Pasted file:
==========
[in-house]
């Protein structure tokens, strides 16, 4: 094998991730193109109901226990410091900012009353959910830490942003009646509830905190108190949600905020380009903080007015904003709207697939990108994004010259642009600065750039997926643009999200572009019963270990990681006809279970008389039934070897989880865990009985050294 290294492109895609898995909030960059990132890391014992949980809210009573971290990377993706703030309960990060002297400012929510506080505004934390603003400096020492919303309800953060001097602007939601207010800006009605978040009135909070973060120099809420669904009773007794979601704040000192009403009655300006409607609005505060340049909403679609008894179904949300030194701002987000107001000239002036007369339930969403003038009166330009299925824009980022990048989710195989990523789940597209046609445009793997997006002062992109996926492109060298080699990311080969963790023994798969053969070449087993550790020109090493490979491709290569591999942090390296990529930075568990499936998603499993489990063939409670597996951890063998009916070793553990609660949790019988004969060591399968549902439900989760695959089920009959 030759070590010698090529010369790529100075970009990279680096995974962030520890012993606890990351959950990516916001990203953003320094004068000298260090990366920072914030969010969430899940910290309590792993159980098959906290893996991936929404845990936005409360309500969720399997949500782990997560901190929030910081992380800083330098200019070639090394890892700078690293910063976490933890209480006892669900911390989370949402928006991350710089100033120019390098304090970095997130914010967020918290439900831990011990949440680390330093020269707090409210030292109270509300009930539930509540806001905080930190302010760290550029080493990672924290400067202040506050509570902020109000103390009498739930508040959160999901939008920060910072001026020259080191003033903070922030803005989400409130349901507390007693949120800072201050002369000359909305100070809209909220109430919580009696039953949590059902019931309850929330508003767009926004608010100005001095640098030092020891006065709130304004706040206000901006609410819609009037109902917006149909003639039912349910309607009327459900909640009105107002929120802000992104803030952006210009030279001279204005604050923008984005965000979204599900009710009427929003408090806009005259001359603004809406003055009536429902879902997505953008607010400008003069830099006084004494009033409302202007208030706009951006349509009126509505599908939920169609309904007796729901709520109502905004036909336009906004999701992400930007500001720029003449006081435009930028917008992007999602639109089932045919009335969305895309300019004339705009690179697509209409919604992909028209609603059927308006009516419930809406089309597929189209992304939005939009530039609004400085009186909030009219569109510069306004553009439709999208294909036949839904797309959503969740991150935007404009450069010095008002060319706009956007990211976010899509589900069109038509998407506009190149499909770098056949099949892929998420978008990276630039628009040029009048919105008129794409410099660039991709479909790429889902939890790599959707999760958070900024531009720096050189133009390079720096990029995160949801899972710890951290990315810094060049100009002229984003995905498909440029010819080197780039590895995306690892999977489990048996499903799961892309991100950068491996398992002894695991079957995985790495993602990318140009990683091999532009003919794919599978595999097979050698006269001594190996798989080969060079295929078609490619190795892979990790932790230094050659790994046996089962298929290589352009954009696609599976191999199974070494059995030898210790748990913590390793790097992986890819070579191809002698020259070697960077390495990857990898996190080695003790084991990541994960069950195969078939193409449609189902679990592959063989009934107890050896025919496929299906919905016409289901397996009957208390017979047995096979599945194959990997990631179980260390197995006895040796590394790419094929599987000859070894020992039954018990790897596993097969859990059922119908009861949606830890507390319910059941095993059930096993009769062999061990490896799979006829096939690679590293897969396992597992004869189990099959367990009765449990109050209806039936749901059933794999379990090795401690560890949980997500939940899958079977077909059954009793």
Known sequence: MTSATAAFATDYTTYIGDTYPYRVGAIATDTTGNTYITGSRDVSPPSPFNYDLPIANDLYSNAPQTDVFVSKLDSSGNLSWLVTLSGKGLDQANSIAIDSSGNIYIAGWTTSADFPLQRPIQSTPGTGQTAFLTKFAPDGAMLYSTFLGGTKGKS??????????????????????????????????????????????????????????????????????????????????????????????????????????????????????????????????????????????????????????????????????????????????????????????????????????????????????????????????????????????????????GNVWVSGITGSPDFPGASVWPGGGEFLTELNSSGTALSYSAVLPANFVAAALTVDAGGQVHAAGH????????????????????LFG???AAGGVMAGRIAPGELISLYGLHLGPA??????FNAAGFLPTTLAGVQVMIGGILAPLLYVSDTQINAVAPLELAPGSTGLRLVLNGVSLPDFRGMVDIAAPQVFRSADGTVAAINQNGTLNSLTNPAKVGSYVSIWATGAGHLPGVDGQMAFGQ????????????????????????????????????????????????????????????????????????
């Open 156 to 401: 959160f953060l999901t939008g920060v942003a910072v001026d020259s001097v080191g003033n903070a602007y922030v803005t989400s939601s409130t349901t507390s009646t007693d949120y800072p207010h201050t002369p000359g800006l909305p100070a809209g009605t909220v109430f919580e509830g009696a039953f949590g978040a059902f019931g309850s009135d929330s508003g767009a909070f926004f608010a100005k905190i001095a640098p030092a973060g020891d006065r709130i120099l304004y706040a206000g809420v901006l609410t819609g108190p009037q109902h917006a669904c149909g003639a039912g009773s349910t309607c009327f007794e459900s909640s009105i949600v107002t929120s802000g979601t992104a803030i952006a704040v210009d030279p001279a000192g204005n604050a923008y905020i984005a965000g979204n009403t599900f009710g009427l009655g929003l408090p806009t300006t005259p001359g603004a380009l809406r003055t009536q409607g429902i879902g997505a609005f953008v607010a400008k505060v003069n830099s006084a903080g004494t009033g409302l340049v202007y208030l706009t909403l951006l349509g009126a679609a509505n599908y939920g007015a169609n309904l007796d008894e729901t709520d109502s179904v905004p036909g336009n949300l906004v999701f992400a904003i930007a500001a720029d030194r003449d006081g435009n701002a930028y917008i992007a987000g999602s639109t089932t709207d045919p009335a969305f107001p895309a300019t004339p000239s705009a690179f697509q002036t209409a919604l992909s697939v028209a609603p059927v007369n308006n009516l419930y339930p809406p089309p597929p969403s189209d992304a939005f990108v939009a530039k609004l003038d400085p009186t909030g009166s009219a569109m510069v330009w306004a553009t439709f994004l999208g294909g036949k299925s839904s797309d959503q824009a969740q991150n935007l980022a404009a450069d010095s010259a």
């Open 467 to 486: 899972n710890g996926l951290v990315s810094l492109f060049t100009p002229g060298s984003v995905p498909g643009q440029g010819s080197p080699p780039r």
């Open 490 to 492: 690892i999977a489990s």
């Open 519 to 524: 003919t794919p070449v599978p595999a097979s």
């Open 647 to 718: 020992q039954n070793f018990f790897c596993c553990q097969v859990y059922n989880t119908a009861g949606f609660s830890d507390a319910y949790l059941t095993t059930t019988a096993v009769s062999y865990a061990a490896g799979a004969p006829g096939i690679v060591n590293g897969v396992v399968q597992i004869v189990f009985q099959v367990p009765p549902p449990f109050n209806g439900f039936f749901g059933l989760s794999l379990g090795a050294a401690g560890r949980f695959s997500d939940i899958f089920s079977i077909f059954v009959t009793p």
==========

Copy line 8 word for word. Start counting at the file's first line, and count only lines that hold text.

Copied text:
């Open 647 to 718: 020992q039954n070793f018990f790897c596993c553990q097969v859990y059922n989880t119908a009861g949606f609660s830890d507390a319910y949790l059941t095993t059930t019988a096993v009769s062999y865990a061990a490896g799979a004969p006829g096939i690679v060591n590293g897969v396992v399968q597992i004869v189990f009985q099959v367990p009765p549902p449990f109050n209806g439900f039936f749901g059933l989760s794999l379990g090795a050294a401690g560890r949980f695959s997500d939940i899958f089920s079977i077909f059954v009959t009793p």